Anne-Marie McManus is assistant professor of Modern Arabic Literature and Culture at Washington University in St. Louis in the department of Jewish, Islamic, and Near Eastern Languages and Cultures (JINELC). McManus' research engages debates in comparative and world literatures, Arabic and Middle Eastern studies, translation theory, and anthropology. She is returning to St. Louis after a junior leave spent in Berlin and Abu Dhabi, where she was an Alexander von Humboldt fellow (2016-2017) at EUME and Humanities Research Fellow at NYU Abu Dhabi, respectively. In addition to her work as a Wastelands co-director, she is writing her first book, titled Of Other Languages: Arabic Literature, Decolonization, and Materialities of Language, under contract with Northwestern University Press. She received her Ph.D. in Comparative Literature from Yale University in 2013.
Nancy Y. Reynolds
Nancy Y. Reynolds is associate professor of History at Washington University in St. Louis; she holds appoints in the departments of Jewish, Islamic, and Near Eastern Languages and Cultures (JINELC) and Women, Gender, and Sexuality Studies (by courtesy). Her research interests concentrate on the cultural and social history of twentieth-century Egypt. Her first book, A City Consumed: Urban Commerce, the Cairo Fire, and the Politics of Decolonization in Egypt, was published in 2012 by Stanford University Press and received the Roger Owen Book Award from the Middle East Studies Association in 2013. She is currently writing a social and environmental history of the building of the Aswan High Dam in Egypt during the 1960s. The research for that project was partially funded by an ACLS fellowship. Since 2014, she has co-convened the Wastelands faculty seminar with Anne-Marie McManus, which is sponsored by the Center for the Humanities at Washington University. She serves on the editorial board of the International Journal of Middle East Studies and as director of graduate studies in History. Her research has appeared in City & Society, International Journal of Middle East Studies, Journal of Women’s History, European Review of History, and Arab Studies Journal. During 2017-2018, she holds a New Directions Fellowship from the Andrew W. Mellon Foundation for training in the environmental sciences, in addition to co-directing the Mellon Sawyer Seminar.
Mellon Sawyer Post-Doctoral Fellow
Vasiliki Touhouliotis is a postdoctoral fellow in the Department of Jewish, Islamic, and Near Eastern Language and Cultures at Washington University in St. Louis. She received her PhD in Anthropology from The New School for Social Research in 2016 and has conducted extensive ethnographic fieldwork in southern Lebanon. Funded by the Wenner-Gren Foundation, the National Science Foundation and the Charlotte W. Newcombe foundation, her research investigates the temporality of war, the forms and effects of its wounding, and its toxic contaminations. She is especially interested in how people who inhabit warzones challenge the idea of war as a temporally bounded event and how they understand the environmental effects of militarized violence. At Washington University, Vasiliki will teaching courses on aerial bombardment and slow violence in the Middle East.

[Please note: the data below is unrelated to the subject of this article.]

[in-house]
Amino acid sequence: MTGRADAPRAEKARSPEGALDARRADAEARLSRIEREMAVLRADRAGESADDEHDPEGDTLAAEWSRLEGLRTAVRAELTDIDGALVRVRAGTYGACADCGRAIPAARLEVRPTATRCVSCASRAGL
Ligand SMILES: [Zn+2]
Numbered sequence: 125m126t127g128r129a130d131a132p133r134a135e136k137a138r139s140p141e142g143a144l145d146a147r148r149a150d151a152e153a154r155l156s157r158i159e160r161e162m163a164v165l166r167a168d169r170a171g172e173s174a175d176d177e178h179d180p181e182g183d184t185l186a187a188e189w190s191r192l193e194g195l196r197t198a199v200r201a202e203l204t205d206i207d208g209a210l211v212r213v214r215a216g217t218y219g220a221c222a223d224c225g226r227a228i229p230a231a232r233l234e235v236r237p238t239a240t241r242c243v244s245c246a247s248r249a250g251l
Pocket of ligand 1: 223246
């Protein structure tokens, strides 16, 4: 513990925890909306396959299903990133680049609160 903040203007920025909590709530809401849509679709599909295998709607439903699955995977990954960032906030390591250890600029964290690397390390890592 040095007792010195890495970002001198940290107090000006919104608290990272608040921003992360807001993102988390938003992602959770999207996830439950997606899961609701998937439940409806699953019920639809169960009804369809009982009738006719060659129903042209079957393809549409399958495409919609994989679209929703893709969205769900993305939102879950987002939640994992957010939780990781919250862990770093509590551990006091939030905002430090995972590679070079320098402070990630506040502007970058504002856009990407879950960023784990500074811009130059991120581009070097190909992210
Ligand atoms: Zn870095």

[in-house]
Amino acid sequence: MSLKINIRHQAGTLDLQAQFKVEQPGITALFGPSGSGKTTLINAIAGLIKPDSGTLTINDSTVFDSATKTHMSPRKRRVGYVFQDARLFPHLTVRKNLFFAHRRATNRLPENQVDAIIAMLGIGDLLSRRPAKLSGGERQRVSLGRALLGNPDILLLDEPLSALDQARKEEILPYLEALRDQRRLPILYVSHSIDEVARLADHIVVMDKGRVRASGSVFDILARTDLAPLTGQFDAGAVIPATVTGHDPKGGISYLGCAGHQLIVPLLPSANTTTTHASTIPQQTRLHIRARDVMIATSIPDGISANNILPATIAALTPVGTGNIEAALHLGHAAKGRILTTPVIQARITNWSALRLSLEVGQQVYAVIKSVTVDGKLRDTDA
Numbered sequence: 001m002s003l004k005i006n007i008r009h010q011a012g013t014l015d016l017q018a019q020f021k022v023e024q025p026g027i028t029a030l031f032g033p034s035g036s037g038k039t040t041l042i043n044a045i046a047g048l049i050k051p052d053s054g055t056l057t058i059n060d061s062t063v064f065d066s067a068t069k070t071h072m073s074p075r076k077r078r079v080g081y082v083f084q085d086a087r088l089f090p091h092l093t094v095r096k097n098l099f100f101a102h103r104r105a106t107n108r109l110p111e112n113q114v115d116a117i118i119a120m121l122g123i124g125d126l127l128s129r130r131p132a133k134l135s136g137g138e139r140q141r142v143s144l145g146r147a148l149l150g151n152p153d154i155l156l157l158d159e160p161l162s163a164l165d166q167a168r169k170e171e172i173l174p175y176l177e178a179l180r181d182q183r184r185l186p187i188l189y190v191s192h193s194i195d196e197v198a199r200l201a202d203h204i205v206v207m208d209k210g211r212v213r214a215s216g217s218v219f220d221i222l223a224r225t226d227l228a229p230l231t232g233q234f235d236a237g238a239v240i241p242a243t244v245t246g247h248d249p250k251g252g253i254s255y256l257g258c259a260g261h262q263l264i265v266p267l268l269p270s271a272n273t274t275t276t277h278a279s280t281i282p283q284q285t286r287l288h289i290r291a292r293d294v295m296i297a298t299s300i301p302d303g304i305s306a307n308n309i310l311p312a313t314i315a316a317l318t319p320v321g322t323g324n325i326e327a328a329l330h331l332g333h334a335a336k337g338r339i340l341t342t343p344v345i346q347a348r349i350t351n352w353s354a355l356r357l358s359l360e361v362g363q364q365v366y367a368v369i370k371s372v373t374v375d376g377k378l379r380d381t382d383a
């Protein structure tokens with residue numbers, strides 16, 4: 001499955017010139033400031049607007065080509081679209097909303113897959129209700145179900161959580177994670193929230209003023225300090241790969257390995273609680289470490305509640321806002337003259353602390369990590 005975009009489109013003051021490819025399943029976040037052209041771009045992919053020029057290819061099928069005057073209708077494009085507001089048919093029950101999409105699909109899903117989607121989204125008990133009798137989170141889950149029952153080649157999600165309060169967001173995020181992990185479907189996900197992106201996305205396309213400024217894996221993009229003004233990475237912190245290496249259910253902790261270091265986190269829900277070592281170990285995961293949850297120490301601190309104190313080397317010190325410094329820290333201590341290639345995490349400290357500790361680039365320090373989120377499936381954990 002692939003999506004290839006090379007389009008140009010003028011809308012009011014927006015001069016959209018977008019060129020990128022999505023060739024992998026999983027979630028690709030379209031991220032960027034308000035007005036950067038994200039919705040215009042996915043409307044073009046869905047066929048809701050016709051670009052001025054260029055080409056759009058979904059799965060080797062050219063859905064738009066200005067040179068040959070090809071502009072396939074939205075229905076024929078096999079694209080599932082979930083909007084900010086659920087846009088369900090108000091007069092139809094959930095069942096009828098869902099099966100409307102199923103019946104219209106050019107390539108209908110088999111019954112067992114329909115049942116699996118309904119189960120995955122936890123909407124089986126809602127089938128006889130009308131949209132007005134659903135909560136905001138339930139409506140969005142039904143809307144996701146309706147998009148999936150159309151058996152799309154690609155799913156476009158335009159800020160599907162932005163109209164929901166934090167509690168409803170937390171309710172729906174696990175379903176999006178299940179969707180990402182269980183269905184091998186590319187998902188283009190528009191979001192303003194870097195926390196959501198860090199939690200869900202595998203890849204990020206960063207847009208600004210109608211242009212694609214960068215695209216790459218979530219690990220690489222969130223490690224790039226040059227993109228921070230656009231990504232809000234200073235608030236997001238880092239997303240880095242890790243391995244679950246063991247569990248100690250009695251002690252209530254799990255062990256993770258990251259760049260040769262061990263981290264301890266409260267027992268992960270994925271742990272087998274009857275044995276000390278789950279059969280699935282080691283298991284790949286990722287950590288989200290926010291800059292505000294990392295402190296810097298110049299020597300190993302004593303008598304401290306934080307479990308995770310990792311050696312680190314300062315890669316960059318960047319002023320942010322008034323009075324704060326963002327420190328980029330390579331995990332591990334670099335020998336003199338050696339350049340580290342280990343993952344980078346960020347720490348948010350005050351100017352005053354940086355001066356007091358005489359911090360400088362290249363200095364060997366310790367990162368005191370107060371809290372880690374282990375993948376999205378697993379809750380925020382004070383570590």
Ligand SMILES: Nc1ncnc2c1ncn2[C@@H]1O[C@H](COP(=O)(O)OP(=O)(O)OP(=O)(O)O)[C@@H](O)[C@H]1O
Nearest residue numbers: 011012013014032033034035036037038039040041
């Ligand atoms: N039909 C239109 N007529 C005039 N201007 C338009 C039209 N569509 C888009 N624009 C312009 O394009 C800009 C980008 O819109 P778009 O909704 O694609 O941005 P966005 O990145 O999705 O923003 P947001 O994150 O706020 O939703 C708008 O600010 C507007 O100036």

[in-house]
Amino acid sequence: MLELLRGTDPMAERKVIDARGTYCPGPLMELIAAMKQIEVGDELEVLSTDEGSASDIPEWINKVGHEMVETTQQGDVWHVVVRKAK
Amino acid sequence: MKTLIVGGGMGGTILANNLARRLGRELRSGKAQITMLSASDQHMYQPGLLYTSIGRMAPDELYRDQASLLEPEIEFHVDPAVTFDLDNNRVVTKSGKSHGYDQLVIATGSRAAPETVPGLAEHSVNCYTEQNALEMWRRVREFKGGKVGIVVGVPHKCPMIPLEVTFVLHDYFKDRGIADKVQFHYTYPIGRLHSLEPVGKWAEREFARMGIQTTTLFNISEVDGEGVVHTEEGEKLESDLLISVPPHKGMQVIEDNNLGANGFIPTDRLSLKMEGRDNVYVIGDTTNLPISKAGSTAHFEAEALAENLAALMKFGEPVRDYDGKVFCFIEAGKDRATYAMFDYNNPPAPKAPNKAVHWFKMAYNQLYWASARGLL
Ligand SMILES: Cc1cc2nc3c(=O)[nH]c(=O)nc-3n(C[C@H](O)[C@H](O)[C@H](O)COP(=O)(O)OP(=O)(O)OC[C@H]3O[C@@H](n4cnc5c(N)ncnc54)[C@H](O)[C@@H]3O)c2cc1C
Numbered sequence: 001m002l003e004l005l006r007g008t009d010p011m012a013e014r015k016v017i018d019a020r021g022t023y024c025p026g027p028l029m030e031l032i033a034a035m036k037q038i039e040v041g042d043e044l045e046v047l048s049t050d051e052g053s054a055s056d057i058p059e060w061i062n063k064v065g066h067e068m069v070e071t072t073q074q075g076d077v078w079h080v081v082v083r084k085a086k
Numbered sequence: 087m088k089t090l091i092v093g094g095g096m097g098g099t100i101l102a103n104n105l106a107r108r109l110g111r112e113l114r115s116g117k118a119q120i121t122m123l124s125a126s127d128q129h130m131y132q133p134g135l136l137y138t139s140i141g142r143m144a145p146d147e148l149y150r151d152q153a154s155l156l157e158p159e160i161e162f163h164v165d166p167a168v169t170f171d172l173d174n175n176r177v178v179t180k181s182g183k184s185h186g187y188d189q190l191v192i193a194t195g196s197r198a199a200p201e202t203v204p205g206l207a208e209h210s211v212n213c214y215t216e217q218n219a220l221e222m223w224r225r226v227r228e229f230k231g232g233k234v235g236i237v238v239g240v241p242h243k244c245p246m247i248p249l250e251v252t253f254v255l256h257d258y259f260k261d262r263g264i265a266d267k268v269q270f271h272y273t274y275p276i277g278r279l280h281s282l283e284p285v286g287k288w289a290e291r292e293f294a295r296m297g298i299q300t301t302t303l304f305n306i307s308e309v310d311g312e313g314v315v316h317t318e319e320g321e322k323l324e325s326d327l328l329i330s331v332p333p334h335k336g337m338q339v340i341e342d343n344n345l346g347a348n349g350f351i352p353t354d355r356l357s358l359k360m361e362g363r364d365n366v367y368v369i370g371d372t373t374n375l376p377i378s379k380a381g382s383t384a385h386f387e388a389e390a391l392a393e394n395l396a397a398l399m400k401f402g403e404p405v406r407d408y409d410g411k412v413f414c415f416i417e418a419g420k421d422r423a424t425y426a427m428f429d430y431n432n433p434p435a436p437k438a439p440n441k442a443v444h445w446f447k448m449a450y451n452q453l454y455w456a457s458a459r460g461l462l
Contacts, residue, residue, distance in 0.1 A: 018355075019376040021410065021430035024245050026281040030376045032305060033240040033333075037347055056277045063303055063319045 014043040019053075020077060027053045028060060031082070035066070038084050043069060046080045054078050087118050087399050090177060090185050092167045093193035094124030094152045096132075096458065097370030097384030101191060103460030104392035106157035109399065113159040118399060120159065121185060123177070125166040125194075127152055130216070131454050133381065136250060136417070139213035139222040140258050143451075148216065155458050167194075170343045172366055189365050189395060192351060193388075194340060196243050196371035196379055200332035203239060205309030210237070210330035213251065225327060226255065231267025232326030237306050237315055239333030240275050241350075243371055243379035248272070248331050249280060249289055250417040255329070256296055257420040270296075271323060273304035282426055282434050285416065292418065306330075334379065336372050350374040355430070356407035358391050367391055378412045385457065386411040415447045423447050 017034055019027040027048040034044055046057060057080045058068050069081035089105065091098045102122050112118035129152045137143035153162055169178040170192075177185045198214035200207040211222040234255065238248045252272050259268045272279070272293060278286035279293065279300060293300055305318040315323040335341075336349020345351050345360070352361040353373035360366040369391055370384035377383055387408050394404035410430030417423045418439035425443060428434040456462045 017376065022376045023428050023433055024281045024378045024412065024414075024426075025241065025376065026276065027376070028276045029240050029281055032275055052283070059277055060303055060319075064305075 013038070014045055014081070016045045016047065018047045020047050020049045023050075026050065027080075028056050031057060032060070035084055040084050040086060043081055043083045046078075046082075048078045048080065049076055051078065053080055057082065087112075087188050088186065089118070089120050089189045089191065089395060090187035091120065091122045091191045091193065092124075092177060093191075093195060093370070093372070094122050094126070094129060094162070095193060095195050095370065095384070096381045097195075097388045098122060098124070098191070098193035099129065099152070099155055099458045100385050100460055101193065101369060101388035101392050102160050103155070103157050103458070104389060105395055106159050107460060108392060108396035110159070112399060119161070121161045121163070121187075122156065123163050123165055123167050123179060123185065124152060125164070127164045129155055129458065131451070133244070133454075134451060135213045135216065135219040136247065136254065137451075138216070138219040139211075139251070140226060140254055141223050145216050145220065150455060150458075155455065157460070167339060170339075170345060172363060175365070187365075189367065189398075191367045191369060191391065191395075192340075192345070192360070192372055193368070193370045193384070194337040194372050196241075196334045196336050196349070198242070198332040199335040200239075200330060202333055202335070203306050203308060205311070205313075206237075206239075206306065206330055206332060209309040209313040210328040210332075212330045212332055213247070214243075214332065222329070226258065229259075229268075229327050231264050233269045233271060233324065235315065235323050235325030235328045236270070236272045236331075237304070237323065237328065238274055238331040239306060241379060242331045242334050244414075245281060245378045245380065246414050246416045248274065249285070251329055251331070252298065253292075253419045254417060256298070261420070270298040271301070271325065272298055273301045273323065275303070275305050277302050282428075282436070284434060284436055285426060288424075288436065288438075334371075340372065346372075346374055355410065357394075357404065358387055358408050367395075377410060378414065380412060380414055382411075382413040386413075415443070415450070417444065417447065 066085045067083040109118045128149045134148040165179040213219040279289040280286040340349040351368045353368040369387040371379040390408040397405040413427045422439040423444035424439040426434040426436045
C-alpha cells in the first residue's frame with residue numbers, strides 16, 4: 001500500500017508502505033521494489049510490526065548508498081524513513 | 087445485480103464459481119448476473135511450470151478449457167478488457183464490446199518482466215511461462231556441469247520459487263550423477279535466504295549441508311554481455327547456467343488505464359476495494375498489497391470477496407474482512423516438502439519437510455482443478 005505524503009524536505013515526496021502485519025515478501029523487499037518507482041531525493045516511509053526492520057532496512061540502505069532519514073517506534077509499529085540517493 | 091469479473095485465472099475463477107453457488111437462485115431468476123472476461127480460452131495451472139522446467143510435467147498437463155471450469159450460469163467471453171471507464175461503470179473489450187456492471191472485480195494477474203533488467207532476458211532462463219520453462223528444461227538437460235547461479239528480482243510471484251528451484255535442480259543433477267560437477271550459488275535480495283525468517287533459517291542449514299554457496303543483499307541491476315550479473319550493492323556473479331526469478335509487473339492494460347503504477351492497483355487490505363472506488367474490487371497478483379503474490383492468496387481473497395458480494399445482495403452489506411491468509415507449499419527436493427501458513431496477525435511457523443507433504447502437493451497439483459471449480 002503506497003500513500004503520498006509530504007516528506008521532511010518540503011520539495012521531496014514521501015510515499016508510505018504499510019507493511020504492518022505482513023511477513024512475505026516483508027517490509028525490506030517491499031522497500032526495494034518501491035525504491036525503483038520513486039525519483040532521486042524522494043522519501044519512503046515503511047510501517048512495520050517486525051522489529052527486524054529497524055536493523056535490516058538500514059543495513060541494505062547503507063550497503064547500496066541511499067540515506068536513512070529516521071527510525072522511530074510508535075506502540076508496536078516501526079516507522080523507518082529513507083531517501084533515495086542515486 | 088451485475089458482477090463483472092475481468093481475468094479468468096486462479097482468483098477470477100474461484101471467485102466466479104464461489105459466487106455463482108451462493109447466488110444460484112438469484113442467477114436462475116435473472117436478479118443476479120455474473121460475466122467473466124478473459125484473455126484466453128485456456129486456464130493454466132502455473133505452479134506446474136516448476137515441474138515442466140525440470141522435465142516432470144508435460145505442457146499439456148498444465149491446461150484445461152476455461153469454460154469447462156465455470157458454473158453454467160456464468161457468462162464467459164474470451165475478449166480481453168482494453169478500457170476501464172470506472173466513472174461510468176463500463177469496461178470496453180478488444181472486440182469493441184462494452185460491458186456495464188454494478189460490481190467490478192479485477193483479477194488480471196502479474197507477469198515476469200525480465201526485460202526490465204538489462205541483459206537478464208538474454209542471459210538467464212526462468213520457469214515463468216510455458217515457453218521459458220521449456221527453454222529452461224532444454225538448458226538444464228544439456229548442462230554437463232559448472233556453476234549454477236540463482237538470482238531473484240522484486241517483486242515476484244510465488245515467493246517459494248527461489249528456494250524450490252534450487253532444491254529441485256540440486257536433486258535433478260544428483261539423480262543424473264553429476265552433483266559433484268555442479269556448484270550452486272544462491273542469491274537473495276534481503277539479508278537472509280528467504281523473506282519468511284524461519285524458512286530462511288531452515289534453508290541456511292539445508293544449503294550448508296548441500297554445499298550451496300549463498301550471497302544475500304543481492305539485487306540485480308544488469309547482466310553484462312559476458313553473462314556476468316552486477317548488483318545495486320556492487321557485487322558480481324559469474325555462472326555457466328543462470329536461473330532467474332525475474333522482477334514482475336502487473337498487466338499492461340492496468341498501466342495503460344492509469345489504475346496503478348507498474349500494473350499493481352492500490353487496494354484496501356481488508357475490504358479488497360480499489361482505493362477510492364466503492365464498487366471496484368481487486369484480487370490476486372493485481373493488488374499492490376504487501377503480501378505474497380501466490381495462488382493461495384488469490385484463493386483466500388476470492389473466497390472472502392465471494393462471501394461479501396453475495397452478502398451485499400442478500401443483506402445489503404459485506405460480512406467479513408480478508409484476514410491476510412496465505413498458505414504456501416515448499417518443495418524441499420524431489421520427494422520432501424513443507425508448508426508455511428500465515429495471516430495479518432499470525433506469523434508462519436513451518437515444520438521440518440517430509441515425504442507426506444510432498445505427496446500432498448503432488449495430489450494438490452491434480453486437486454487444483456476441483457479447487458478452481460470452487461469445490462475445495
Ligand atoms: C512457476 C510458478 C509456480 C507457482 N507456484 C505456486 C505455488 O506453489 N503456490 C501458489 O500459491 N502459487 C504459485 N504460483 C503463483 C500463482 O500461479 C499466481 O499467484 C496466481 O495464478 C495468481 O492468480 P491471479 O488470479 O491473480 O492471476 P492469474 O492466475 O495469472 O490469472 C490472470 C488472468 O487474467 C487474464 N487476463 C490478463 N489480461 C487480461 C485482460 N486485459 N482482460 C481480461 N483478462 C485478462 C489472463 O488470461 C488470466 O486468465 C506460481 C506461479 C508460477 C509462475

Mellon Sawyer Graduate Fellows
Waseem-Ahmed Bin-Kasim is a history Ph.D. candidate, who studied African History, Modern Middle East, and International Urban History. His current research project explores sanitation in Accra and Nairobi, two important capitals in the British non-settler and settler colonies of the Gold Coast (renamed Ghana during independence in 1957) and Kenya. Increased mobility and global trade as well as the foundation, expansion, redesign, and development of the capitals in the twentieth century had far reaching ramifications on sanitation, environment, and the built space. In the past, Waseem-Ahmed researched and wrote about Islam and Muslim societies in Africa, south of the Sahara. In the last five years, he grappled with very critical questions that shaped Middle the East. Engaging the questions extended the scope of his interest to Egypt and the other parts of Africa north of the Sahara.
Olivia Chen, a 5th-year Ph.D. Student in Comparative Literature, Washington University in St. Louis. Her major field is contemporary American fiction with an emphasis on ecocriticism and energy humanities.
Deniz Gundogan-Ibrisim is a fourth year doctoral candidate and graduate research assistant in the Comparative Literature Department at Washington University in St. Louis. She has been awarded the Fulbright Ph.D. Scholarship. She received a BA from Istanbul University in 2001 in English Literature and a MA from Central European University, Budapest, in 2009 in Gender Studies. Her research and areas of interest include Anglophone literatures, world literature, postcolonial theory, gender and sexuality studies, trauma and memory studies, Middle Eastern Literature in translation, and modern Turkish literature. Gundogan-Ibrisim worked as a lecturer at the School of Foreign Languages at Istanbul Technical University between 2002-2014. Currently, she is working on ecologies of violence, witnessing, and trauma in postcolonial Anglophone literature and modern Turkish fiction.
Michael Kaplan is a second year Masters student in Islamic and Near Eastern Studies at Washington University. His research interests include contemporary Islamic social and political movements, as well as conflict, refugees and displacement in the modern Middle East.